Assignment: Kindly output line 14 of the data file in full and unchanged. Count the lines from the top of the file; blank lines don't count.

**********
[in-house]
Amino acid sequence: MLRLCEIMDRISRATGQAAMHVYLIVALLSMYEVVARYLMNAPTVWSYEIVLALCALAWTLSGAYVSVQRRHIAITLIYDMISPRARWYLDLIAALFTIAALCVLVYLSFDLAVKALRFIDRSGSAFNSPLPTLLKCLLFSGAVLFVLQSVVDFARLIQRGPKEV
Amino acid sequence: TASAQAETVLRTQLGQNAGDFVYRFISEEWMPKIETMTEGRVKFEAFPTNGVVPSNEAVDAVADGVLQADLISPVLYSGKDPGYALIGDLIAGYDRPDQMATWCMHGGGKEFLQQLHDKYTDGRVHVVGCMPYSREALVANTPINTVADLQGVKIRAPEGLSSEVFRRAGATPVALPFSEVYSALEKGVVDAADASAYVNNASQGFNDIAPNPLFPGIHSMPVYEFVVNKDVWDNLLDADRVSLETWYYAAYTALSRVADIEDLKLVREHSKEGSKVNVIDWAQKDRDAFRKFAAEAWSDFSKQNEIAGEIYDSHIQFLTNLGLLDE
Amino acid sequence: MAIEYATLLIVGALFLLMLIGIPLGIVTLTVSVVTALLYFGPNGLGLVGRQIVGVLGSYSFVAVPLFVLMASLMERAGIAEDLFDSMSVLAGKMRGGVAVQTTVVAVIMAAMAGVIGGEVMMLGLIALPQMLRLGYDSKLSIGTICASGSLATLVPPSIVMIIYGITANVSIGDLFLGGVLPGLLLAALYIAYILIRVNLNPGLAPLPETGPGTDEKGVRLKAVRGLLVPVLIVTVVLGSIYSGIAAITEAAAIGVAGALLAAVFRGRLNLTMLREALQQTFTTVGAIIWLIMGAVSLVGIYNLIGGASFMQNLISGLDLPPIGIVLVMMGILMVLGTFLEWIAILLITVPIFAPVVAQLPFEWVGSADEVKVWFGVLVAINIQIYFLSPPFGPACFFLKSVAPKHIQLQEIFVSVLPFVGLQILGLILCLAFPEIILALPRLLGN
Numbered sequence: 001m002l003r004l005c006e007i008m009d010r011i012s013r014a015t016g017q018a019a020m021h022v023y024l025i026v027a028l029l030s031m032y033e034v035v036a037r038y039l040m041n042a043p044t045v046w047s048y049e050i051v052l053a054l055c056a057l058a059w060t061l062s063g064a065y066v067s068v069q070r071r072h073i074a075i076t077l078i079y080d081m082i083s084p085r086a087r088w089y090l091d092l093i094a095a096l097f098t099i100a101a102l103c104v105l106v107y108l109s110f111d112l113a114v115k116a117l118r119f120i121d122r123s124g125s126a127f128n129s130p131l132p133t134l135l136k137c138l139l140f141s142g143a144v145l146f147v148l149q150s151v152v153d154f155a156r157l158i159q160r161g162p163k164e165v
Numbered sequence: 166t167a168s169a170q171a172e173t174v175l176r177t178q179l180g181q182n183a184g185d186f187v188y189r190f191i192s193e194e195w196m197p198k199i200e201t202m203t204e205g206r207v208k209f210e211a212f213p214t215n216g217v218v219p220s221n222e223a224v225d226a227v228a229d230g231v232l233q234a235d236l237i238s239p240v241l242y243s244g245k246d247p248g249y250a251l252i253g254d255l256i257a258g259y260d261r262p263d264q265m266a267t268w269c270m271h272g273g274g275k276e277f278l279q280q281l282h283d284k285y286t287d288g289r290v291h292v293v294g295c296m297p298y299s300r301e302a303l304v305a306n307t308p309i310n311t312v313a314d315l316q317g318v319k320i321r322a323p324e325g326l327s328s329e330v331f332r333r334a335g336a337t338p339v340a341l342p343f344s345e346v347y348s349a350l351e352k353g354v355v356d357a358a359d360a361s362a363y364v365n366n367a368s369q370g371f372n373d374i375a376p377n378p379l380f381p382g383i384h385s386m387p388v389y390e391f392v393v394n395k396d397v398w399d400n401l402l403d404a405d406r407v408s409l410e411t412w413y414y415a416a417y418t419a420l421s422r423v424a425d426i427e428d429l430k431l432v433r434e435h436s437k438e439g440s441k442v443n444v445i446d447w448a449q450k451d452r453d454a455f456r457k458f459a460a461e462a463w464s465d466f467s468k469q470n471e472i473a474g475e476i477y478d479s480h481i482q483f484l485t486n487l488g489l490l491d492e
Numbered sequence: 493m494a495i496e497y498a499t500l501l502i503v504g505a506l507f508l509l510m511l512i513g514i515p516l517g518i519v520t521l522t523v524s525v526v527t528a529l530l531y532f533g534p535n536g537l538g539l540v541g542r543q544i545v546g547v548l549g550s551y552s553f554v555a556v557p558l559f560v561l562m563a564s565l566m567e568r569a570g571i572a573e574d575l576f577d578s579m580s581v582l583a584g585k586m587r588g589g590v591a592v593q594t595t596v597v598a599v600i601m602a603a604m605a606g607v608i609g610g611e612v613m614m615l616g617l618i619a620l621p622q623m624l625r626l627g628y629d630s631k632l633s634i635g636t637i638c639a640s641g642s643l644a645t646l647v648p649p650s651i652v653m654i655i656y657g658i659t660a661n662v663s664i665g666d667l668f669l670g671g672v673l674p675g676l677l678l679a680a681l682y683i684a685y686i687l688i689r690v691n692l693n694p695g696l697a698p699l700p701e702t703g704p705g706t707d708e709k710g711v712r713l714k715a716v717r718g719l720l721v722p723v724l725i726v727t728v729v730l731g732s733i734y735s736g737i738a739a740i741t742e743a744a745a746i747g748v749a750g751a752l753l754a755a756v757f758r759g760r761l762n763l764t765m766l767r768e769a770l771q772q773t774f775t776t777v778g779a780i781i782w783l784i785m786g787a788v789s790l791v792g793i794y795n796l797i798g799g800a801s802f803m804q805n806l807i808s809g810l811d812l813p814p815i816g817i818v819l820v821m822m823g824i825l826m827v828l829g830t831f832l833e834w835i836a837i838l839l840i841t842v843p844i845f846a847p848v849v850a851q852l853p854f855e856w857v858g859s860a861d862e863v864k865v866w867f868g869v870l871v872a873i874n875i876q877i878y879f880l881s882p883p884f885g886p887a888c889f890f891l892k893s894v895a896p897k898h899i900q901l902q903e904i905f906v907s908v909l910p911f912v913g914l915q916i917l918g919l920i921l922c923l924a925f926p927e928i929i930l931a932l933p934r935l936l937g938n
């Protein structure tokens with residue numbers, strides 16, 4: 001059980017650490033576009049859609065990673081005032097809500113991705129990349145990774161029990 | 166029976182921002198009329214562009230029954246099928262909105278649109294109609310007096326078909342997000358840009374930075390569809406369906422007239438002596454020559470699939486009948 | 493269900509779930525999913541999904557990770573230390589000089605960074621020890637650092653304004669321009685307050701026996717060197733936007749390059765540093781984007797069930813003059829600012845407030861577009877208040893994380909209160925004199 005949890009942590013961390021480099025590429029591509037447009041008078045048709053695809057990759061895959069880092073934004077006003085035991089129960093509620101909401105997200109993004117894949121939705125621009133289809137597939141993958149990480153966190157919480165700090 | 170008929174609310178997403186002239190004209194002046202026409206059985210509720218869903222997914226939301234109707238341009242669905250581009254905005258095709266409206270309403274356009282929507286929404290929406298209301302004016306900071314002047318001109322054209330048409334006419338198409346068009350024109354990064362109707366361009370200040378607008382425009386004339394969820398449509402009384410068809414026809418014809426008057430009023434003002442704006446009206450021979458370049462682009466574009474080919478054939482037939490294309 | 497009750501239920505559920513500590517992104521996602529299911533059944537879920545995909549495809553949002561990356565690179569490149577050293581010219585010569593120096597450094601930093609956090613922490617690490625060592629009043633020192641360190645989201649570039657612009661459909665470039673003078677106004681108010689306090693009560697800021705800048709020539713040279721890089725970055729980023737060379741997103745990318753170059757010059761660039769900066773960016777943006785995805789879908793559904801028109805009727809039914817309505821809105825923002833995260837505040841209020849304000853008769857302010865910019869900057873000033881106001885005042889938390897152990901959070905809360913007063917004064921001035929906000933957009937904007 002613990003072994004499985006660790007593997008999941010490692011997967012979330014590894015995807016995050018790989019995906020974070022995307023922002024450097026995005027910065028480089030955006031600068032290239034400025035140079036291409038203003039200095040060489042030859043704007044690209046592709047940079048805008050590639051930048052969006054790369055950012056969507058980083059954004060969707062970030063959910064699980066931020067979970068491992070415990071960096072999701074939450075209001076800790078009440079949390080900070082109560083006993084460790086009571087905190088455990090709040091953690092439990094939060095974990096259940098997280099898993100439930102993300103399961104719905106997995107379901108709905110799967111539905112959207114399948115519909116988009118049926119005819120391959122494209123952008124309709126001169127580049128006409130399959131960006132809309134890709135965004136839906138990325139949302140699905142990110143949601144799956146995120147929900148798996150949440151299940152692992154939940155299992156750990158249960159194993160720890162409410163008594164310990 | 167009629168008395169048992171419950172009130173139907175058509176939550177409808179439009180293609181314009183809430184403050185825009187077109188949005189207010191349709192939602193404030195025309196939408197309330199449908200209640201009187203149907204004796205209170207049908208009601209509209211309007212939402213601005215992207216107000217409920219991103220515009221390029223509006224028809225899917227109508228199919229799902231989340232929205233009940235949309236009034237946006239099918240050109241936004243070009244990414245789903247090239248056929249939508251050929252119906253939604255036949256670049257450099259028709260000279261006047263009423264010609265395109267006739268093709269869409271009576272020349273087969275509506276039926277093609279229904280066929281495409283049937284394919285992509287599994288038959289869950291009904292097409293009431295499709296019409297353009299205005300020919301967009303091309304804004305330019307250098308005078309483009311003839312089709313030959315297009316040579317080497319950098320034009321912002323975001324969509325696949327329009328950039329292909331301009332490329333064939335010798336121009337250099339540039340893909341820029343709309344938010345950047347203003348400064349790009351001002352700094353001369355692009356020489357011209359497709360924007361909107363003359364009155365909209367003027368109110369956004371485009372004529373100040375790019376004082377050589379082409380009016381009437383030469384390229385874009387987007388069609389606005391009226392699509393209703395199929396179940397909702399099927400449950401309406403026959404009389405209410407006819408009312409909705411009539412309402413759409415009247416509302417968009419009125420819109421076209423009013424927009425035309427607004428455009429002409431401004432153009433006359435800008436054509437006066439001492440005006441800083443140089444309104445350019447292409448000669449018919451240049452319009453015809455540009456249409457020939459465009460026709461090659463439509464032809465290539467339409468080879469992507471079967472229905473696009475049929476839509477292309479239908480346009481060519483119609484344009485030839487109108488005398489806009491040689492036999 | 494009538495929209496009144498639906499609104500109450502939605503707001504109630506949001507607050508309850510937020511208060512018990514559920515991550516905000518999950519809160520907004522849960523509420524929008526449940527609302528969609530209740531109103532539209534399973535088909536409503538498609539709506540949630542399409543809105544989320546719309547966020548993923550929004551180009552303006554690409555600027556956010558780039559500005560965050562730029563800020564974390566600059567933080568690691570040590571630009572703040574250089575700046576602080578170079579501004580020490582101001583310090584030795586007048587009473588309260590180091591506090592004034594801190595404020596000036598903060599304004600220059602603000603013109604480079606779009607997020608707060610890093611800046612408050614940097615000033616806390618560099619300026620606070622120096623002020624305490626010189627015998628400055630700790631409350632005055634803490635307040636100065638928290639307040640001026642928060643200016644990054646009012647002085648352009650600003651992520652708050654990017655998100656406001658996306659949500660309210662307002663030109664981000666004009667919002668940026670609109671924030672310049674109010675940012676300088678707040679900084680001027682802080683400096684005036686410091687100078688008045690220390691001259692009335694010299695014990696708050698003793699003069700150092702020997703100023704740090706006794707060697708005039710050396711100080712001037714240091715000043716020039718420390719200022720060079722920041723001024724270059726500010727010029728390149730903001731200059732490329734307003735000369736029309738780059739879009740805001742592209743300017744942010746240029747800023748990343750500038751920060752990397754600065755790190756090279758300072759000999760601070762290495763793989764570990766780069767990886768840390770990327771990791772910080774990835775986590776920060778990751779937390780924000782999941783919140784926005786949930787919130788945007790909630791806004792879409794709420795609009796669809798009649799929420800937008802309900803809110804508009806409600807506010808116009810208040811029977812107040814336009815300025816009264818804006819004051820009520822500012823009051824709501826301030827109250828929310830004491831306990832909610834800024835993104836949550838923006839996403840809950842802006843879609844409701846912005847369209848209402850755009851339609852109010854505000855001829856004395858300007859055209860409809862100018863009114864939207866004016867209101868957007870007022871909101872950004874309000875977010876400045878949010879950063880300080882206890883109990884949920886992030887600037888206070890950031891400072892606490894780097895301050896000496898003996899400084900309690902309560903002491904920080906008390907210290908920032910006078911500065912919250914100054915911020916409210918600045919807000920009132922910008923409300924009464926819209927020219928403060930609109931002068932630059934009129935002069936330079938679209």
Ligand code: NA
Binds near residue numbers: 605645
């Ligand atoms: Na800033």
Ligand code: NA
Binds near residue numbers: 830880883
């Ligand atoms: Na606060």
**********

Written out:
């Ligand atoms: Na606060």